Now it's time to talk a little about my plan, and the reasons behind it.
In order to celebrate my recovery, five year milestone, and most of all the time and joy it has given me with my family (my wife Maryse and my children Julianne and Phil), friends and colleagues, I plan to cycle, in April and May of next year, from the Atlantic coast of France (starting in a village called St-Nazaire) to Budapest, Hungary, the birthplace of my maternal grandparents. I will follow a cycle route called Velo-6, which is one of twelve bicycle routes implemented at the initiative of the European Federation of Cyclists. This route follows three of the great rivers of Europe, and cradles of European civilization, the Loire, the Rhine and the Danube. It crosses France, Switzerland, Germany, Austria, Slovakia and Hungary. While it continues beyond Hungary, all the way to the Black Sea, I will be satisfied, at least on this trip, to reach my family's native city of Budapest. To find out more about Velo-6, and see the route I will follow go to http://www.eurovelo6.org/bicycle-ride, and look at les etapes (the stages) from Val de Loire (the Loire Valley) to Vienne (Vienna) to Budapest.
I'm going to use this occasion to continue to build support for the hospital where I was treated, Maisonneuve-Rosemont Hospital in Montreal, Quebec, and in particular for a fund which I helped to establish, The Fund for Research and Education on Blood Cancers. This fund raises money for fellowships in the treatment of blood cancers and for the Center of excellence in cellular therapies at Maisonneuve-Rosemont Hospital, which we hope will lead to new treatments and cures (I will write more on this below).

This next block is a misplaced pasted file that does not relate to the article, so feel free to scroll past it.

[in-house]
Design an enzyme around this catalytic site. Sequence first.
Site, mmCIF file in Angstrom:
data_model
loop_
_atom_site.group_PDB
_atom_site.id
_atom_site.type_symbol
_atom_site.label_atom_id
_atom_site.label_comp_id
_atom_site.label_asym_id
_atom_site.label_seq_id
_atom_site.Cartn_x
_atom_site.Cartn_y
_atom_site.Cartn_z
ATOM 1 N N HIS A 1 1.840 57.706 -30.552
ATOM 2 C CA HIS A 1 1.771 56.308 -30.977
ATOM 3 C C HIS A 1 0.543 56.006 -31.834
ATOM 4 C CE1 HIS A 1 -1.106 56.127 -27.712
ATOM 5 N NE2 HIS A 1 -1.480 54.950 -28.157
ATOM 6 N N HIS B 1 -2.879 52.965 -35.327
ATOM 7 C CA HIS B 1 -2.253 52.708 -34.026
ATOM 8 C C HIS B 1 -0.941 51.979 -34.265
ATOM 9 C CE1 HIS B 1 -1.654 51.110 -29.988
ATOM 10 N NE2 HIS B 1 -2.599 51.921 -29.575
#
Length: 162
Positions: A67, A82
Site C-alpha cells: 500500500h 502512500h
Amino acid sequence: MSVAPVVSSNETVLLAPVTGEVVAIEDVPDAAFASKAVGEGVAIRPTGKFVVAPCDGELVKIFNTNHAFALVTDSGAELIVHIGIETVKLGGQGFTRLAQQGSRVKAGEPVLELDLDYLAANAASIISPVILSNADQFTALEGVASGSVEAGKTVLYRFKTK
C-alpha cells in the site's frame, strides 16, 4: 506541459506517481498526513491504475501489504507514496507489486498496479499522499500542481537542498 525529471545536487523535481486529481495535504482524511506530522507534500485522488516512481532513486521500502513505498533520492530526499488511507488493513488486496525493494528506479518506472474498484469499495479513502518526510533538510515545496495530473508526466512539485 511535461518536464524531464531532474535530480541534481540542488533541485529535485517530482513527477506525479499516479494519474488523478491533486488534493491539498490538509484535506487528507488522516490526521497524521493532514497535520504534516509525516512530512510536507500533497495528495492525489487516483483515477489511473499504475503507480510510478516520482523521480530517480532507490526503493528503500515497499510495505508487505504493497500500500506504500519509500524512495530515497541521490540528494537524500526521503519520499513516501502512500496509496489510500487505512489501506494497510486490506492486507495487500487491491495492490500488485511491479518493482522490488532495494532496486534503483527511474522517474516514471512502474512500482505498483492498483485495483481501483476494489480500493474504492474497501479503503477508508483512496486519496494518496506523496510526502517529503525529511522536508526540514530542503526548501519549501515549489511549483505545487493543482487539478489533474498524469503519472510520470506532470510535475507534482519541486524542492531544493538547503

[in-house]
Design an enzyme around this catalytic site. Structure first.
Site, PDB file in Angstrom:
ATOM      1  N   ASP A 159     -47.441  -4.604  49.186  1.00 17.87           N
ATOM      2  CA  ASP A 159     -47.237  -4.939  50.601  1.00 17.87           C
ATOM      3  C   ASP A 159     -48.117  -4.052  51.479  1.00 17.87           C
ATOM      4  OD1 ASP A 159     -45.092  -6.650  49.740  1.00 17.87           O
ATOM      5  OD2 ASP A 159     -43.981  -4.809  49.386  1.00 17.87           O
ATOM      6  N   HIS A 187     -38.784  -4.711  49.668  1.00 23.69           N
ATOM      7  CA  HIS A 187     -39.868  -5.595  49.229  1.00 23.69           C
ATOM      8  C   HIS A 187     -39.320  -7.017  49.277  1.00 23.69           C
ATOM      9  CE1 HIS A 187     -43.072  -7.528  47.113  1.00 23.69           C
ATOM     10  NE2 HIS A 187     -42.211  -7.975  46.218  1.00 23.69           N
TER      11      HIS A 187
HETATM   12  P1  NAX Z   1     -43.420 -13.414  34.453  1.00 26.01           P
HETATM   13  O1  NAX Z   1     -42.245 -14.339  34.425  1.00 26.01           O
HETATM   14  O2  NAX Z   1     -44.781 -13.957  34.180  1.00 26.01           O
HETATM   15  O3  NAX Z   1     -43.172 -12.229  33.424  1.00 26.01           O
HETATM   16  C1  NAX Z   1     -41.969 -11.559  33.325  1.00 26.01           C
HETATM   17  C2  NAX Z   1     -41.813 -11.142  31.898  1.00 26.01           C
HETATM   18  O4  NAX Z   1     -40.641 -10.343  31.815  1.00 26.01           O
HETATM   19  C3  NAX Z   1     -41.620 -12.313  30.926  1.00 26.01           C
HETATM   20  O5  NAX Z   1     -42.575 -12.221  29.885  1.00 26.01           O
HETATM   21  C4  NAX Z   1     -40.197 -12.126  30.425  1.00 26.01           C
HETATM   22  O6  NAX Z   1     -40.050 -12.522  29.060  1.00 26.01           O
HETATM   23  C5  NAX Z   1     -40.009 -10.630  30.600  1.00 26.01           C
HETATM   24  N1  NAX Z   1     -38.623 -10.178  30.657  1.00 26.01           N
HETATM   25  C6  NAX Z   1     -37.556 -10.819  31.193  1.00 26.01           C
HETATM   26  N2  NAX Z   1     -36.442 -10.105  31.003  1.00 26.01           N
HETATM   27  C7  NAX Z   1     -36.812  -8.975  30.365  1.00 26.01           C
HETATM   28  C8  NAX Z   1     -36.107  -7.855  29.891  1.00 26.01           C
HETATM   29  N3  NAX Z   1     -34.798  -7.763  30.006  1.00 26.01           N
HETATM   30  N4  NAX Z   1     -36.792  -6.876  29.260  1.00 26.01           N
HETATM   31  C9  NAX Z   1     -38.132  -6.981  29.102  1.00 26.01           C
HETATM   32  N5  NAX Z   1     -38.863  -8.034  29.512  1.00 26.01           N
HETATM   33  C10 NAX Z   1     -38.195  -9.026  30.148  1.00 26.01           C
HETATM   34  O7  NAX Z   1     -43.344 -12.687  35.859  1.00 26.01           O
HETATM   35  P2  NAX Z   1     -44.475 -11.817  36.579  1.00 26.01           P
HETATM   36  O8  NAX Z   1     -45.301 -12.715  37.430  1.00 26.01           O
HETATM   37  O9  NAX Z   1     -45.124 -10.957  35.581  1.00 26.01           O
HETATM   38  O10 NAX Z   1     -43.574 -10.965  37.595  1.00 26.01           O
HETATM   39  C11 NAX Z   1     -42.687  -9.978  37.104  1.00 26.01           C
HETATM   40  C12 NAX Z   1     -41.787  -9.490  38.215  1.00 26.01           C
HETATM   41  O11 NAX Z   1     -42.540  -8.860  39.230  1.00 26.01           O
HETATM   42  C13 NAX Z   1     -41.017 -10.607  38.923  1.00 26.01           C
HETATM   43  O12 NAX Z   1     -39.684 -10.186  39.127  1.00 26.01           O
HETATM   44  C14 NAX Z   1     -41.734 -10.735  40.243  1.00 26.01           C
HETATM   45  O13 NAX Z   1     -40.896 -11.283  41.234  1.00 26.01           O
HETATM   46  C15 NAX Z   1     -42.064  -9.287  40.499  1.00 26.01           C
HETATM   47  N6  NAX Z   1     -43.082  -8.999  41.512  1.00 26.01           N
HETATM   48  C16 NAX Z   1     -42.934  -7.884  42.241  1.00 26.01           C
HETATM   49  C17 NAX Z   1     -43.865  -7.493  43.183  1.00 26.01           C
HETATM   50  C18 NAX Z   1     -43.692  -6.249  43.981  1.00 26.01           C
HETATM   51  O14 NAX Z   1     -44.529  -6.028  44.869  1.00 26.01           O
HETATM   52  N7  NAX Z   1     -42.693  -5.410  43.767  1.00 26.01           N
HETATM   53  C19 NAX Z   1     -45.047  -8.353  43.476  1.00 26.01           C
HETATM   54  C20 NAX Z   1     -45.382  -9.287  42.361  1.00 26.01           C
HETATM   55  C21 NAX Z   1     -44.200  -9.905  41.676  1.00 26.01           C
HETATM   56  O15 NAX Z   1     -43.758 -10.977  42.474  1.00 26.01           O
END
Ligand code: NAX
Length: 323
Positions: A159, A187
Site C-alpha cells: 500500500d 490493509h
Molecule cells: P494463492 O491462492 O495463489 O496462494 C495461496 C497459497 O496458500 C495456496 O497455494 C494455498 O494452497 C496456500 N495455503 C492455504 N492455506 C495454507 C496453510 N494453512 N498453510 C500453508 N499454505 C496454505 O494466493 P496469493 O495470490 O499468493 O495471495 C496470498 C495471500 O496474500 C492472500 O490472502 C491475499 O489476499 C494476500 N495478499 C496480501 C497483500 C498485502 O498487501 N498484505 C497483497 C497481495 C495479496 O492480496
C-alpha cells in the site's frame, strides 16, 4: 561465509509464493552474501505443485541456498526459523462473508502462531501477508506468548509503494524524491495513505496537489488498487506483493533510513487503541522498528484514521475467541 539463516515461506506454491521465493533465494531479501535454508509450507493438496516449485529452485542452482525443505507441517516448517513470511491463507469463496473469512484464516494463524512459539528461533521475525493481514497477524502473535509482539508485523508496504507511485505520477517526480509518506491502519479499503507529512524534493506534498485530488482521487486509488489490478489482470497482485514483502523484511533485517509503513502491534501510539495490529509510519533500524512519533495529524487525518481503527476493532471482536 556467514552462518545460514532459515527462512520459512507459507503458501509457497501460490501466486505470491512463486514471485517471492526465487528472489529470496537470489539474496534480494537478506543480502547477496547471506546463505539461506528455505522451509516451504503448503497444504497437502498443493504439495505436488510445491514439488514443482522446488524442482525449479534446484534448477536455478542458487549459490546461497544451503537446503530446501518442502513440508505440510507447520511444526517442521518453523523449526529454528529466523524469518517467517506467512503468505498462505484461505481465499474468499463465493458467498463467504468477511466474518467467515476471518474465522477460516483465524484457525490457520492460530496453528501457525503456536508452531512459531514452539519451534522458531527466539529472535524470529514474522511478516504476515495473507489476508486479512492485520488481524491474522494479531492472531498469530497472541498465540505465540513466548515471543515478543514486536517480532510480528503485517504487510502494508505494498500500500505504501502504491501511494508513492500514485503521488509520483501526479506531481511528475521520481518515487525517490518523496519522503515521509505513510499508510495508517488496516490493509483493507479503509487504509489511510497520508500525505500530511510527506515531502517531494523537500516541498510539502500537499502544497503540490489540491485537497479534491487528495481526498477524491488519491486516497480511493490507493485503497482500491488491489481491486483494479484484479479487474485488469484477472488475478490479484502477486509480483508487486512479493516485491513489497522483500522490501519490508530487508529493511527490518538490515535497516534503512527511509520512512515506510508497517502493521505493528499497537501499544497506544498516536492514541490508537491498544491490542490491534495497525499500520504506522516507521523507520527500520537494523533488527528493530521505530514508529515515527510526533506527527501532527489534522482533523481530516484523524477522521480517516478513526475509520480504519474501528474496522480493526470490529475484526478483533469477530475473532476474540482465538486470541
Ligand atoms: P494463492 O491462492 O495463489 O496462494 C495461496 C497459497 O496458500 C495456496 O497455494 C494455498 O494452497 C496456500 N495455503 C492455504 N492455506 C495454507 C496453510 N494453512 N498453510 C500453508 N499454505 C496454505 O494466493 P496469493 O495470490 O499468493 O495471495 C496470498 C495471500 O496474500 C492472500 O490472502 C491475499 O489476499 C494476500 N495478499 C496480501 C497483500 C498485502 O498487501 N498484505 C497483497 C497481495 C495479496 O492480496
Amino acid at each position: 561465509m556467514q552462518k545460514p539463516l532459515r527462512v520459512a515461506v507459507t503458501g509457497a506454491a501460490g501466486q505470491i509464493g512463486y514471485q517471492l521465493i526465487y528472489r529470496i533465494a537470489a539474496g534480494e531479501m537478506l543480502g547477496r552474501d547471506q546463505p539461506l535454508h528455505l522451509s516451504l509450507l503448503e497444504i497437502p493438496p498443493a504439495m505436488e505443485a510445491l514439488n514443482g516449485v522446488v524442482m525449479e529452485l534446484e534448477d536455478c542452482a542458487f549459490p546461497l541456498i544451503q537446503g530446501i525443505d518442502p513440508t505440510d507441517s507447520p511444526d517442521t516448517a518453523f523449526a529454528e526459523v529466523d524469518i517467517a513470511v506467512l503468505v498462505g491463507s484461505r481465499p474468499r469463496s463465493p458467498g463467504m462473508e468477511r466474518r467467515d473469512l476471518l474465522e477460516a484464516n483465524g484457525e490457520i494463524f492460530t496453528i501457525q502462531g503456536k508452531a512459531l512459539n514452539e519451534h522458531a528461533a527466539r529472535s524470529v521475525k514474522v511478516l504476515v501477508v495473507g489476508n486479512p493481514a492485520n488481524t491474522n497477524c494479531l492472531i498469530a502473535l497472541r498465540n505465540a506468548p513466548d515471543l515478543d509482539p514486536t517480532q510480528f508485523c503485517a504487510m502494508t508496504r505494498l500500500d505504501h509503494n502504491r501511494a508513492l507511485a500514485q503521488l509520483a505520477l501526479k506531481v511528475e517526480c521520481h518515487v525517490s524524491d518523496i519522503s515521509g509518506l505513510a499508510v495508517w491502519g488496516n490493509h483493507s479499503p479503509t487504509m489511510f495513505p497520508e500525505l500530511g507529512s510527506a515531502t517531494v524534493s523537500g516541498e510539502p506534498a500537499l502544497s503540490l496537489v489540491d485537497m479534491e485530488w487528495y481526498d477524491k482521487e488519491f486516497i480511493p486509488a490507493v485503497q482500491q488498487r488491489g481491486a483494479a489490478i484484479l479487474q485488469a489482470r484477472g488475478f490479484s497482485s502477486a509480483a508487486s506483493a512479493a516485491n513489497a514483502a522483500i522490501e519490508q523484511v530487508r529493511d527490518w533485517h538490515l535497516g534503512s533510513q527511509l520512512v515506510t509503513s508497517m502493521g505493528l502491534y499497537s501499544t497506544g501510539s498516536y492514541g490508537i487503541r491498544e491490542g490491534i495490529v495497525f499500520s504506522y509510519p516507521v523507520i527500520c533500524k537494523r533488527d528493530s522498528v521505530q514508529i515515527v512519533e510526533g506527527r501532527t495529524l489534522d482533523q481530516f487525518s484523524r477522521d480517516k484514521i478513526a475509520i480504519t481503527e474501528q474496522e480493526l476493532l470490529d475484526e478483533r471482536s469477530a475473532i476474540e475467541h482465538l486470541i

I will write in this blog about my illness, my treatment and my recovery. I will keep readers (if there are any) up to date on my preparations, and once I hit the road, I hope to post regularly, with lots of pictures.
My illness and recovery have taught me many things, most importantly the fragility of life, the great gift and joy of our every day experiences, how lucky we all are just to see our children grow every day, and, above all, the importance of making every day count for the better, both for ourselves and those around us. We owe that not only to all of those who made our recovery possible, but also to all those for whom recovery was not possible.